A Model Retirement: Money and Legal

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elders outside of retirement home

Alan and Katharine Jung are truly a model for ideal retirement living. Not only have their retirement living decisions been well thought-out and proactive, but they have also embraced the new opportunities that retirement offers and are fully enjoying what they refer to as a “new season in their life.” The couple can certainly offer helpful advice to others concerning retirement living decisions-right down to the downsizing checklist Katharine devised.

They did just that during a recent presentation for their fellow residents and prospective residents at Carroll Lutheran Village, a continuing care retirement community in Westminster, MD. Their presentation was part of a program about retirement living decisions, which included various senior -serving professionals.

Putting themselves in a position to fully enjoy their senior years has always been on the agenda for these two planners. As Alan relates, “We were kind of in a unique situation in that we always knew that our home-office combination would be the cornerstone of our retirement financially. We always had the mindset in place that is necessary to leave your home. Too many people are tied to their homes, but we really weren’t. We had plenty of time to prepare for the move.” After Alan retired from his dental practice in 1991, the couple began preparing for moving from their spacious home to a one-bedroom apartment, which necessitated a radical downsizing of their possessions.

“Downsizing can be a painful procedure for some people,” admits Katharine. However, Katharine and Alan helped ease the stress of downsizing by utilizing an ingenious inventory checklist. This gave all three of the Jung’s children an opportunity to discuss items with their spouses and decide what they wanted. It also allowed the Jungs to dispose of any unwanted items. Despite the hard work and difficulties involved in the moving process, the Jungs found it to be a rewarding experience: “The process was truly a liberating experience for us, because we came to the understanding of how relatively unimportant ‘things’ are in our life.”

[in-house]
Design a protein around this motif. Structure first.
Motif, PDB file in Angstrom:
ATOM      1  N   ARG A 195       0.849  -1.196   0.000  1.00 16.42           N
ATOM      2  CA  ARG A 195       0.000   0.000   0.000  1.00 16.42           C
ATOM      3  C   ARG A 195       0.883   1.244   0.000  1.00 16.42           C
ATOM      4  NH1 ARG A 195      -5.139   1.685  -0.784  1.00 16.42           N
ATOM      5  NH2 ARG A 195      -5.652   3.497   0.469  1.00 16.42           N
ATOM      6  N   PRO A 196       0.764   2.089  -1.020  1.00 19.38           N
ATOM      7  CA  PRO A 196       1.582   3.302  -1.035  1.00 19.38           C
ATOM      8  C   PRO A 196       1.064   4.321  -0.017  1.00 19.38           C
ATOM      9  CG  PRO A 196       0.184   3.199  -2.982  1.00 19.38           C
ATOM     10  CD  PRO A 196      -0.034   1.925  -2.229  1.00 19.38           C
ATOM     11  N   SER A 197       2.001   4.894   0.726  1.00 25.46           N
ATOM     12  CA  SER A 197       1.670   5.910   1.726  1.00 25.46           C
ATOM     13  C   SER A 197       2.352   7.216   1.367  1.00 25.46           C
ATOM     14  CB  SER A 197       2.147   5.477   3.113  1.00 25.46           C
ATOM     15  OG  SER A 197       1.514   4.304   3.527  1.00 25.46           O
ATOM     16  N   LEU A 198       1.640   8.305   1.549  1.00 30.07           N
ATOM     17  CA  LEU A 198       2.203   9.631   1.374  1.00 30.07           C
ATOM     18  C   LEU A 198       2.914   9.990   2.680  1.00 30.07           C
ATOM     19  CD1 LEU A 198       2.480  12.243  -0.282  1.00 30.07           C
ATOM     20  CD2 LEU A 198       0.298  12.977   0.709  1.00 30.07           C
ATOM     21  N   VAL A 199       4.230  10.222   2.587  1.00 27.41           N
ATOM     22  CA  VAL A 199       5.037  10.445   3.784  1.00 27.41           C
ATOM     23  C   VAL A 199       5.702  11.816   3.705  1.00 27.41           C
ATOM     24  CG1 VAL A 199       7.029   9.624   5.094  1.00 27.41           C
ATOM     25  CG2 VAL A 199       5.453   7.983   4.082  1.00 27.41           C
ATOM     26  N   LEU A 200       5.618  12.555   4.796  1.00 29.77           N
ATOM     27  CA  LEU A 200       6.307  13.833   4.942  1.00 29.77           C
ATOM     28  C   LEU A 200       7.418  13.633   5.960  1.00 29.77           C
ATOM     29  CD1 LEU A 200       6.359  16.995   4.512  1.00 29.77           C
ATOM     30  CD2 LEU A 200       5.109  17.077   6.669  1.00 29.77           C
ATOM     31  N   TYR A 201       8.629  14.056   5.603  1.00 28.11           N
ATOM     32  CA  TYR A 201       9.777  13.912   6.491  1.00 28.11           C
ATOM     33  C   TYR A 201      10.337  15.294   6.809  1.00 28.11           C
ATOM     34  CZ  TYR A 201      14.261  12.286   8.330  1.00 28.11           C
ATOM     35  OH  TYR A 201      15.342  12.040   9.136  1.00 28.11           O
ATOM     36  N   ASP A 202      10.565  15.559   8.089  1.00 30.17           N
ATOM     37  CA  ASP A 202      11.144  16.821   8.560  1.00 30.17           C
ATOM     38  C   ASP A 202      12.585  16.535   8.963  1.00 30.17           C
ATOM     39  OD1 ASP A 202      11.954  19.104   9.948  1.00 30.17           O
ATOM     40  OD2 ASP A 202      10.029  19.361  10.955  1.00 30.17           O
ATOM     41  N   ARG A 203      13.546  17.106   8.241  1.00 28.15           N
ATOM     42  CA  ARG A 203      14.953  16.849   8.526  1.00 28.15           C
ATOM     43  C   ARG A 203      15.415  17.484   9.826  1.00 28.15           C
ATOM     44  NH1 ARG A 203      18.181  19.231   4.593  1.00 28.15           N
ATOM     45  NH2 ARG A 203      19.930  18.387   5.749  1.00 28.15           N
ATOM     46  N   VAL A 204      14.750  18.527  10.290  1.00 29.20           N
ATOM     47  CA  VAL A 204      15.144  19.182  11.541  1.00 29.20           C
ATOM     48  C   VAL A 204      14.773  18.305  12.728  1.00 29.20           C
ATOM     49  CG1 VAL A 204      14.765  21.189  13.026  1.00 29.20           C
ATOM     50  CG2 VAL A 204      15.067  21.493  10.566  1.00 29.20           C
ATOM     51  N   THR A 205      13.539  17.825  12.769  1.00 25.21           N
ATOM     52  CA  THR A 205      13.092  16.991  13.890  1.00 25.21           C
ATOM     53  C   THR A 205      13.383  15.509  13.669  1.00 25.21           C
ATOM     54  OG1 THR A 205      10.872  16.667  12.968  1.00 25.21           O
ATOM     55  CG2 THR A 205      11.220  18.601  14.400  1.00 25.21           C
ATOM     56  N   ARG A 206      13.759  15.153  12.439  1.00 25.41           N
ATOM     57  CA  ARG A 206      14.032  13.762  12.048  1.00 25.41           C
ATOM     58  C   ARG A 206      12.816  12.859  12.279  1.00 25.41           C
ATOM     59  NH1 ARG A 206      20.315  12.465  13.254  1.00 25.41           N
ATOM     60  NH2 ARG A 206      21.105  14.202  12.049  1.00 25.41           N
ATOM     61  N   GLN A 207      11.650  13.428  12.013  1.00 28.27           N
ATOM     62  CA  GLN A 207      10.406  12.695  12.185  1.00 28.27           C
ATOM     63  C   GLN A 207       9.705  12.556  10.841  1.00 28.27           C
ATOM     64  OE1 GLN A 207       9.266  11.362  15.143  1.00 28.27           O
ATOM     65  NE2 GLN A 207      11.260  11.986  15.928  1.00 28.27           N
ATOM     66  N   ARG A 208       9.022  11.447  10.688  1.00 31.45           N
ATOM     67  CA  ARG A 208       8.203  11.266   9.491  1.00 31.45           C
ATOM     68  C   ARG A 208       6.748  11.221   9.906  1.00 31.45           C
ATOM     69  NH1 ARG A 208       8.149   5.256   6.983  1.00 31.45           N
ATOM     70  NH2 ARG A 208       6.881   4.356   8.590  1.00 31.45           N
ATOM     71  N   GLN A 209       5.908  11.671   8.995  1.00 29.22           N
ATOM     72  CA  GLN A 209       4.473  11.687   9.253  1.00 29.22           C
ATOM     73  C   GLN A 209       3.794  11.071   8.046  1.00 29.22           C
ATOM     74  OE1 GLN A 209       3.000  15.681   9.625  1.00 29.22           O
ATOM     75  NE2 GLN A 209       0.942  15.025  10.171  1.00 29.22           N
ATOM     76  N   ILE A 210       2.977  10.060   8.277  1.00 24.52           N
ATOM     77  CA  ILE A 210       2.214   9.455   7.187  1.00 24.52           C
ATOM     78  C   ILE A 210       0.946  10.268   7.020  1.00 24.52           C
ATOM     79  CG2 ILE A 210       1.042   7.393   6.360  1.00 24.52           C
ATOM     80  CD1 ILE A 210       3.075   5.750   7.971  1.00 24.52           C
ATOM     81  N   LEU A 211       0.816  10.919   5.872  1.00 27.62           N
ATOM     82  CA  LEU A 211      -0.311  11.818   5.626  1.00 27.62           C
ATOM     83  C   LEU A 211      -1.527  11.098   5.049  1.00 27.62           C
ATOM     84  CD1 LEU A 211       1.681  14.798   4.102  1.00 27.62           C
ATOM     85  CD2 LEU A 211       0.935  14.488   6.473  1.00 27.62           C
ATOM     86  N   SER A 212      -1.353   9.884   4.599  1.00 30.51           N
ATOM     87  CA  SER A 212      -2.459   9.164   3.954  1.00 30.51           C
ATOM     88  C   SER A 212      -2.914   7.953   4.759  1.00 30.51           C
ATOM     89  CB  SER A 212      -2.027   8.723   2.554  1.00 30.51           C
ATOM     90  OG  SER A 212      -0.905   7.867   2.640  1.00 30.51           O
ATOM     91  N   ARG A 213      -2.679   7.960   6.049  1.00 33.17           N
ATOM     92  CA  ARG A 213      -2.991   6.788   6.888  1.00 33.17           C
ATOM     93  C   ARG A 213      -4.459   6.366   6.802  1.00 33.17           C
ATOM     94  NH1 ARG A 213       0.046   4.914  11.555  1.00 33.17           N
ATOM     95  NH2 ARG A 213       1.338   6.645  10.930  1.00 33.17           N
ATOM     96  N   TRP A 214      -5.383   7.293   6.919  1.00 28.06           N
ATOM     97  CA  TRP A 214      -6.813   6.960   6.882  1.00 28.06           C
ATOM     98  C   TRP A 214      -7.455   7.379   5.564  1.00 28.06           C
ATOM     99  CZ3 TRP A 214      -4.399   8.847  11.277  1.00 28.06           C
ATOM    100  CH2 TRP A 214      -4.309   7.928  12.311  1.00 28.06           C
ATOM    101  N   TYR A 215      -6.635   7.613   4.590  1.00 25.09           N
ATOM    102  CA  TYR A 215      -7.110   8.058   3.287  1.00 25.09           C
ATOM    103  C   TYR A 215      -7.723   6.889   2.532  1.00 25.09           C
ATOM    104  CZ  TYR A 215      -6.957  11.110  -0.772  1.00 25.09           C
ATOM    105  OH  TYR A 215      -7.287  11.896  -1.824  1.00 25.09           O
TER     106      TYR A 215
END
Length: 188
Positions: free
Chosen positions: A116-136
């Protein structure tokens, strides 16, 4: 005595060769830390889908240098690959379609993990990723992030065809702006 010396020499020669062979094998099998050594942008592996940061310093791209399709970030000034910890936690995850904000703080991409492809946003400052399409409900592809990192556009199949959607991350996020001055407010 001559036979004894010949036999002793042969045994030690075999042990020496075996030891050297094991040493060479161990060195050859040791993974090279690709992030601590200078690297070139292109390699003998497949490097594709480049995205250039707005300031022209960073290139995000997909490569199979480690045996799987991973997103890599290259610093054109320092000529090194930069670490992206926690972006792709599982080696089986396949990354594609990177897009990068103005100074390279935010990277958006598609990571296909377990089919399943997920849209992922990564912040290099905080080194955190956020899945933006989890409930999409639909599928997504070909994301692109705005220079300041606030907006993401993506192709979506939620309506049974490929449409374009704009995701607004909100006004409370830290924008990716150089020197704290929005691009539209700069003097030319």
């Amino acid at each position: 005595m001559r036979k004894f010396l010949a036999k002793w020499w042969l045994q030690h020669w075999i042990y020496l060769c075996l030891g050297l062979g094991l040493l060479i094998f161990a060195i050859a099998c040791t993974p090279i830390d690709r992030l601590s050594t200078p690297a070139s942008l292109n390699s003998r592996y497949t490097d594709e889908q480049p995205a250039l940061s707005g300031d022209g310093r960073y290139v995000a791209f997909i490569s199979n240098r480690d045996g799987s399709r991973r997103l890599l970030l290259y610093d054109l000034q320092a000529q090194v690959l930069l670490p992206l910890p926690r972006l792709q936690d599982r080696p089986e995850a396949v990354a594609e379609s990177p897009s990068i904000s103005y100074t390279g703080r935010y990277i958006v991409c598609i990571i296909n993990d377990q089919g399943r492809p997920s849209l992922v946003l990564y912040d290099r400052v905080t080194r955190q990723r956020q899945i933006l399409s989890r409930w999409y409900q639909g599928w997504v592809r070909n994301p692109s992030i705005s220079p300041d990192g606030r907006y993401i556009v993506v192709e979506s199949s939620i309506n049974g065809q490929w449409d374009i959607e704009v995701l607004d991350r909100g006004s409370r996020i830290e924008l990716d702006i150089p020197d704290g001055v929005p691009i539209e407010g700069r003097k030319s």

Reducing their baggage allowed the couple to completely change their lifestyle. They moved to a waterfront apartment in Baltimore, which they speak of fondly as “a wonderful place, in a great, urban environment.” Unfortunately, though, the living arrangement wasn’t as secure as the Jungs would have liked. Alan explains, “The landlord and his wife were people that I knew, and we had grown up in the same neighborhood. We were happy living with them, but they were getting older, and I began to wonder from time to time what would happen to us if they died. I just didn’t feel secure for the long haul in that environment, so I began to think of other options. My primary motive was to get Katharine into a position so that I could feel secure that if something happened to me she would be set.”

Alan talked about his apprehensions with Katharine and discovered that she was concerned for his future as well. After discussing it, the couple decided that it was important to ensure that their children did not have to make any retirement-related decisions for them. “I knew what it was like to have to make decisions for aging parents, and I didn’t want our children to have to go through that. These are difficult decisions and can be heart-rending and often the right choice is not really clear. So we thought it was best to eliminate all their potential worries, take care of ourselves, and let them get on with their lives,” recalls Alan.